Quick Dive Into JavaScript Sets



So you've heard about this thing called "Sets" in JavaScript, but you're not sure you need them. Today, I'm going to quickly show you two examples of how you can use them. The first example is something that you might come across in your daily tasks, while the second one is a little more fun. Hopefully these examples will give you idea's of where you can start using Set's in your own JavaScript code.

Extracting Only Unique Values

Sets are used to store unique values, which means if you try to add a value that is already in a Set, nothing will happen. For example, let's say we have the string aaabcdddeefffffgz, and we want to create a new string with all of the duplicates removed. We can easily use a Set to filter out all of the duplicates. We can do so by converting the string to a Set, converting the Set to an array, and joining it back into a string.

const str = 'aaabcdddeefffffgz'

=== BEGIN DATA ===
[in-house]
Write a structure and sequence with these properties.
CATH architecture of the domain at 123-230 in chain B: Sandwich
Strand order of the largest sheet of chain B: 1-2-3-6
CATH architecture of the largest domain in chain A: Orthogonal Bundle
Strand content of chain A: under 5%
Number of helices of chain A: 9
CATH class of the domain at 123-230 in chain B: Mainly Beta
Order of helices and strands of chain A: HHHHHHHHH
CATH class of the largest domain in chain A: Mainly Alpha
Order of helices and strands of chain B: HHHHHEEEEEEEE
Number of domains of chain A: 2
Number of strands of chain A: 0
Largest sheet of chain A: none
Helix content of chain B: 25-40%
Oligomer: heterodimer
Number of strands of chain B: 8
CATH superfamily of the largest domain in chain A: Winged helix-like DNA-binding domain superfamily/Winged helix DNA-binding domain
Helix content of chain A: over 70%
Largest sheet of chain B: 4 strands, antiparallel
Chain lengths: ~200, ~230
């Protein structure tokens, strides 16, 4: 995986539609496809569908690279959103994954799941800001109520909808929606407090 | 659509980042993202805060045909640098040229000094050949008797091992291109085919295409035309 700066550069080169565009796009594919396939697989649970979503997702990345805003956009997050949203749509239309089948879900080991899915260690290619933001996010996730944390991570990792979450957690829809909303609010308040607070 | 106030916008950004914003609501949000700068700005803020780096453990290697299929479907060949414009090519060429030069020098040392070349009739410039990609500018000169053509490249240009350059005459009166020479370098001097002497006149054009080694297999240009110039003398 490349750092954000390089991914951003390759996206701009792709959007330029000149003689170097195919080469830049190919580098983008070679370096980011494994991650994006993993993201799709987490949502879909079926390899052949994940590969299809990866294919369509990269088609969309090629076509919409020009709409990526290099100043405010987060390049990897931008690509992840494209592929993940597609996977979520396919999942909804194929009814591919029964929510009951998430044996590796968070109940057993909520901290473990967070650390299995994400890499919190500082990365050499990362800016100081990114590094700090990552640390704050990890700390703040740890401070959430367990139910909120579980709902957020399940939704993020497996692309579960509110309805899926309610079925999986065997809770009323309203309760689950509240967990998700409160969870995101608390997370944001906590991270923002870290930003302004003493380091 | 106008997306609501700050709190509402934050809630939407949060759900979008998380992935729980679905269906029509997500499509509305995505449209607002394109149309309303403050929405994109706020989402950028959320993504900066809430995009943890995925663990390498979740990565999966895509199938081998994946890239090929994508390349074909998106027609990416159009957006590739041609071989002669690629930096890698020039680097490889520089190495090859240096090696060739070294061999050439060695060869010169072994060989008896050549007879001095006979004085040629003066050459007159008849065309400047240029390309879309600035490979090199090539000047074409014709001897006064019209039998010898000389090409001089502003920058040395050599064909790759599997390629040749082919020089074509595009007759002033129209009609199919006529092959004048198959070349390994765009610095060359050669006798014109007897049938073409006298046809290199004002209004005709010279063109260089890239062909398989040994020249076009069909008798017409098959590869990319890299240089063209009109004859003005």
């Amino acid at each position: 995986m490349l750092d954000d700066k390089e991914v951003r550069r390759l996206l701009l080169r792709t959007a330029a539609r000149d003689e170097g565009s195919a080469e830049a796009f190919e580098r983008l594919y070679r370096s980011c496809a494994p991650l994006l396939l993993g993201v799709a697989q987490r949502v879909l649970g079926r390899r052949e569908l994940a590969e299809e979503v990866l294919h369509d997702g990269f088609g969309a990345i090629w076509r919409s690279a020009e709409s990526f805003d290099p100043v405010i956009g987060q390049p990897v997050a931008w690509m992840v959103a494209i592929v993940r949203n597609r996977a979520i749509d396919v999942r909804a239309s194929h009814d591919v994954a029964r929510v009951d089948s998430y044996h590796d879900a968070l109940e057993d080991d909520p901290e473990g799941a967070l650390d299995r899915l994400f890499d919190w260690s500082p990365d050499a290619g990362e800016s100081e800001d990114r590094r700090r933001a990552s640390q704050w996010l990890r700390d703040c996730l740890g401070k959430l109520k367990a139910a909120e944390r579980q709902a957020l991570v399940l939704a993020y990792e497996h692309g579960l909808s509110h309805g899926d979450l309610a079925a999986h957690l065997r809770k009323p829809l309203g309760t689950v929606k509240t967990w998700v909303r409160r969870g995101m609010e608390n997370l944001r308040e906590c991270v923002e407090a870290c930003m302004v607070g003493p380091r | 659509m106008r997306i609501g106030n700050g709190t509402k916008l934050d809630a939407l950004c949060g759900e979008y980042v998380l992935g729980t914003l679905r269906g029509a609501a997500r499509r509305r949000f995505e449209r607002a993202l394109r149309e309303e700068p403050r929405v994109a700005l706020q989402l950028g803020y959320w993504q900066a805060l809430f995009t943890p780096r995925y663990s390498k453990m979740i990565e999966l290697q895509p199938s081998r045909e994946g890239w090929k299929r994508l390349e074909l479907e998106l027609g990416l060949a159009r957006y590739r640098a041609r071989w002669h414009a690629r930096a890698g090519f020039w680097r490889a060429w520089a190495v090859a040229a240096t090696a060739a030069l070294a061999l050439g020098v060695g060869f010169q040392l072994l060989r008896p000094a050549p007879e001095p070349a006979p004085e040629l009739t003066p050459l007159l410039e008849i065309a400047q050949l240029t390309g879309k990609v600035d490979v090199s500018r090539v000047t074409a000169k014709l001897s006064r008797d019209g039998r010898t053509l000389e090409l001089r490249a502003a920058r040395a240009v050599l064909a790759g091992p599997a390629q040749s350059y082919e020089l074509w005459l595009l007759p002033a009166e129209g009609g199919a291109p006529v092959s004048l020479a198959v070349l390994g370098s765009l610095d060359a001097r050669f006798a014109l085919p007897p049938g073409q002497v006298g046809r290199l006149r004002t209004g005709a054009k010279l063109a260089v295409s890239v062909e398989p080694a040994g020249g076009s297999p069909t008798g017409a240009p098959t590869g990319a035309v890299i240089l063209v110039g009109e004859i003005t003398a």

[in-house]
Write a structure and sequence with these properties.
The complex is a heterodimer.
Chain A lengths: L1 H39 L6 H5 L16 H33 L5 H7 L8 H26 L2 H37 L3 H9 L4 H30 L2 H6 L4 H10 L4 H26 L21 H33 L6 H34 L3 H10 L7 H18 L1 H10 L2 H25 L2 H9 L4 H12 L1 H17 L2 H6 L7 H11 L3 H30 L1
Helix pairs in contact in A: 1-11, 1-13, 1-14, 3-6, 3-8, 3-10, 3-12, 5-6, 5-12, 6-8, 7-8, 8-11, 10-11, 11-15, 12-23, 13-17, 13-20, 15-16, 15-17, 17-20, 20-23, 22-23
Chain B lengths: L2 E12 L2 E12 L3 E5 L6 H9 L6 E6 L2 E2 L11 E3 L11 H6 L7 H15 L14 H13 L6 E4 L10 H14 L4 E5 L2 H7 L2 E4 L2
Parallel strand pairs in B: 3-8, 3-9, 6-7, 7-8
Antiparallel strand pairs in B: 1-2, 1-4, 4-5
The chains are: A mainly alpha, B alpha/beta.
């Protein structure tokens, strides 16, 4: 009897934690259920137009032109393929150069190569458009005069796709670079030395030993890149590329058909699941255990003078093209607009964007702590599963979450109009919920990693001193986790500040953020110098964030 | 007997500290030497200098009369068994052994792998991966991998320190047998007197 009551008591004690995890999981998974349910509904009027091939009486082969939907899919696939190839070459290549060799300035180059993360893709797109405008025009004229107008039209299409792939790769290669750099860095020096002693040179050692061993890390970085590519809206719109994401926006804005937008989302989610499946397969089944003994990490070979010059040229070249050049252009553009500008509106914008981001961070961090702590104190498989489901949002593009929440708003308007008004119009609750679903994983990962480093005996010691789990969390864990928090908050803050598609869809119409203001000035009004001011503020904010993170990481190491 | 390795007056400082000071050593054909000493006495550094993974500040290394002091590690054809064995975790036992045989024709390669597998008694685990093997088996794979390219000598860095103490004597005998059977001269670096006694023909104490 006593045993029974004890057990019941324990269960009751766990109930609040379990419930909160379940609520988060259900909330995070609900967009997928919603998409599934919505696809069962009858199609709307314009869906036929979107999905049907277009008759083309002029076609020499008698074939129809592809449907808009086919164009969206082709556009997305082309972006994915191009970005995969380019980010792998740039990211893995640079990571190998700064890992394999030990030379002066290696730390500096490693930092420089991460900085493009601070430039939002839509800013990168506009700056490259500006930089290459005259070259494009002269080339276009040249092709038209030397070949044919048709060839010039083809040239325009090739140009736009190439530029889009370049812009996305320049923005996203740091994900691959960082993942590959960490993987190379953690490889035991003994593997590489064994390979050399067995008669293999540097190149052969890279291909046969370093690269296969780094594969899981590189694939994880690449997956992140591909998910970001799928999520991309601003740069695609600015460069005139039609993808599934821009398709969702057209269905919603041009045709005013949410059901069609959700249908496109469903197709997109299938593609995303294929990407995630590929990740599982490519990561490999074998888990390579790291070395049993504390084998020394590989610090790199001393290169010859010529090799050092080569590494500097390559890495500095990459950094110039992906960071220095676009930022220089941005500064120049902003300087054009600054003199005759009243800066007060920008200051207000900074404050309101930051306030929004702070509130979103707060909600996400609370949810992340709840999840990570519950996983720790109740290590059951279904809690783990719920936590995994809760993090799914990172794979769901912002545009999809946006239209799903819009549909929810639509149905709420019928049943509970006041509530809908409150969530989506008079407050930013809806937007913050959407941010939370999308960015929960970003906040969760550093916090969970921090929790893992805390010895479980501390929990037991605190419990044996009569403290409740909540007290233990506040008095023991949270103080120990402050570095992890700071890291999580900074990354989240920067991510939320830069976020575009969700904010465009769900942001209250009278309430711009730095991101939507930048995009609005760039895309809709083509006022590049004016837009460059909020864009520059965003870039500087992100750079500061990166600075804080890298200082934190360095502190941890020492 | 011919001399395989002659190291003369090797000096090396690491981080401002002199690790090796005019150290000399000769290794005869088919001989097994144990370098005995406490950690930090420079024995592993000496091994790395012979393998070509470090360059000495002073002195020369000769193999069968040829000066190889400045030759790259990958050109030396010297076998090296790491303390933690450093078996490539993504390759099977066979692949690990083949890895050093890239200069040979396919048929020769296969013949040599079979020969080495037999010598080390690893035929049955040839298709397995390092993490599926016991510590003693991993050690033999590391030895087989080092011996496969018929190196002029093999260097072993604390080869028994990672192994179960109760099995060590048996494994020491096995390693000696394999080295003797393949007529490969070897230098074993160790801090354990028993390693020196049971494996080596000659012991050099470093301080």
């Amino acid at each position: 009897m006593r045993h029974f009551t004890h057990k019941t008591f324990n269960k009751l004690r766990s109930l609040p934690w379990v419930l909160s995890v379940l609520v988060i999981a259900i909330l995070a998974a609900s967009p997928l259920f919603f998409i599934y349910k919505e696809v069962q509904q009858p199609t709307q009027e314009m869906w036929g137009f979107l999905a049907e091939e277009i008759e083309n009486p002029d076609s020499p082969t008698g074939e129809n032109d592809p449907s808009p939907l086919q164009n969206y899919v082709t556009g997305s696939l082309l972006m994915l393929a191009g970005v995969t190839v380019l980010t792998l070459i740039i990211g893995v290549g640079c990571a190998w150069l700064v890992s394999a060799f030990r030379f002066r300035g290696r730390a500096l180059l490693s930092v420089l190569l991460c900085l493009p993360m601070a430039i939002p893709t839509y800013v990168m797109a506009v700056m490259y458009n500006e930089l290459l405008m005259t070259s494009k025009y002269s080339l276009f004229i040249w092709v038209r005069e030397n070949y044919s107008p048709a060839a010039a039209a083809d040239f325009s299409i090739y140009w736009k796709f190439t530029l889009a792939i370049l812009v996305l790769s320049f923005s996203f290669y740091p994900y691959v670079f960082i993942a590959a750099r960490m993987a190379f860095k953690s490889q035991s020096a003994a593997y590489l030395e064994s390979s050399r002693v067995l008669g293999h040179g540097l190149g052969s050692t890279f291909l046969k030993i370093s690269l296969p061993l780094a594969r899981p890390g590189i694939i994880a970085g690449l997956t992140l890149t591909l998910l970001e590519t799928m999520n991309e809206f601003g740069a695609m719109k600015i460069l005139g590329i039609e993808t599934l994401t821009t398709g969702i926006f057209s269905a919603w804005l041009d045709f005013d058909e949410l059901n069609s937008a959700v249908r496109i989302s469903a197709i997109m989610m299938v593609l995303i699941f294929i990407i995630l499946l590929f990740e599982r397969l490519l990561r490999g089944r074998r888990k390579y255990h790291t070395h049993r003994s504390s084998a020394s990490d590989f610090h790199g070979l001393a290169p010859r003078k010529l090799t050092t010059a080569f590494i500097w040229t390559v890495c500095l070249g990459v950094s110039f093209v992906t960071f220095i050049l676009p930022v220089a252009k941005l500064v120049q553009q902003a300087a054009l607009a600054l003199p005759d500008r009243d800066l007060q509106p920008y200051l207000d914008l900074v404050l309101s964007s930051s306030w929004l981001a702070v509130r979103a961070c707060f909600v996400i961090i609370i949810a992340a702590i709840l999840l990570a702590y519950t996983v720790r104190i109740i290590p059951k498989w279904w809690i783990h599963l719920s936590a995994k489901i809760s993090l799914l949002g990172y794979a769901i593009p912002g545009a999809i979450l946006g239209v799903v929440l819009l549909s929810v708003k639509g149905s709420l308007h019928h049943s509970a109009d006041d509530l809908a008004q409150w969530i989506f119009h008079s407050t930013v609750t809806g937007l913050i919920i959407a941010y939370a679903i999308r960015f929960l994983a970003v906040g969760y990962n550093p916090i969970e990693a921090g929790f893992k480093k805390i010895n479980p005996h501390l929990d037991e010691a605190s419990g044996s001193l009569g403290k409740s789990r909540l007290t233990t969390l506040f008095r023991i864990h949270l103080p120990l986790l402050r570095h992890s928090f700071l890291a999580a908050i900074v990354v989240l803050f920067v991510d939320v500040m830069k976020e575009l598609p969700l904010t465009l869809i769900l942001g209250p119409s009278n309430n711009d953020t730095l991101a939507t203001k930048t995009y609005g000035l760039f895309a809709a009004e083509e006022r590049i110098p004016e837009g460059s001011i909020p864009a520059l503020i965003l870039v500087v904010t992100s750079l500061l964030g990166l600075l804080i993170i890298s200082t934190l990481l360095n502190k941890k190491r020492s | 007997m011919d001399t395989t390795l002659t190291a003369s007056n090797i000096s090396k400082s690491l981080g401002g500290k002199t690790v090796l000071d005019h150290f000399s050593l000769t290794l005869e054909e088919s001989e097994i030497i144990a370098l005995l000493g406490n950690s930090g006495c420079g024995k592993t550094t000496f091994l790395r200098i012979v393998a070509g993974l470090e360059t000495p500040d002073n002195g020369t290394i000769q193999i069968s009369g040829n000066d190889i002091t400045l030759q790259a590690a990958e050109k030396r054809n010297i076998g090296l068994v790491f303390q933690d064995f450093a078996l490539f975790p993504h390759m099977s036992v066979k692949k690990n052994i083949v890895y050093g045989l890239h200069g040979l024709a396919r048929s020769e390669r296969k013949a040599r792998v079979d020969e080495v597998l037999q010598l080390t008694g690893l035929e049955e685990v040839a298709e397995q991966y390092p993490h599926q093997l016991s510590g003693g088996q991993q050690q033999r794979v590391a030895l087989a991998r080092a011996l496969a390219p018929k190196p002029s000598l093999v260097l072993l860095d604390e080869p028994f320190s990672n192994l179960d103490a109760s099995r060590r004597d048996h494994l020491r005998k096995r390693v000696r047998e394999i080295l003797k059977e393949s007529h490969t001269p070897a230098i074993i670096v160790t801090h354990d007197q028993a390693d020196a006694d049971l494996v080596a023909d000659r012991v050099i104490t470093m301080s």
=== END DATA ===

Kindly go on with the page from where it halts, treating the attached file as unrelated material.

const set = new Set(str)
const newStr = [...set].join('')

console.log(newStr) // 'abcdefgz'

It would be nice if you could directly convert a set back into a string, but unfortunately the Set object does not have a method for this.

Does A String Contain All The Letters Of The Alphabet?

This one is a little more fun, and super easy to do with a set.

const hasAllLetters = (str) => {
  return new Set(str).size === 26

hasAllLetters('I went to the store to grab some milk') // false
hasAllLetters('abcdefghijklmnopqrstuvwxyz') // true

We throw the string into a Set, and then check to see if it's size is equal to 26, which is how many numbers are in the alphabet. Easy peasy!


That's pretty much it on my end. I will now send you upon your merry way to the offical Set documents on MDN. If you have any problems understanding any of this, feel free to shoot me a message, and I'll make sure it's crystal clear.

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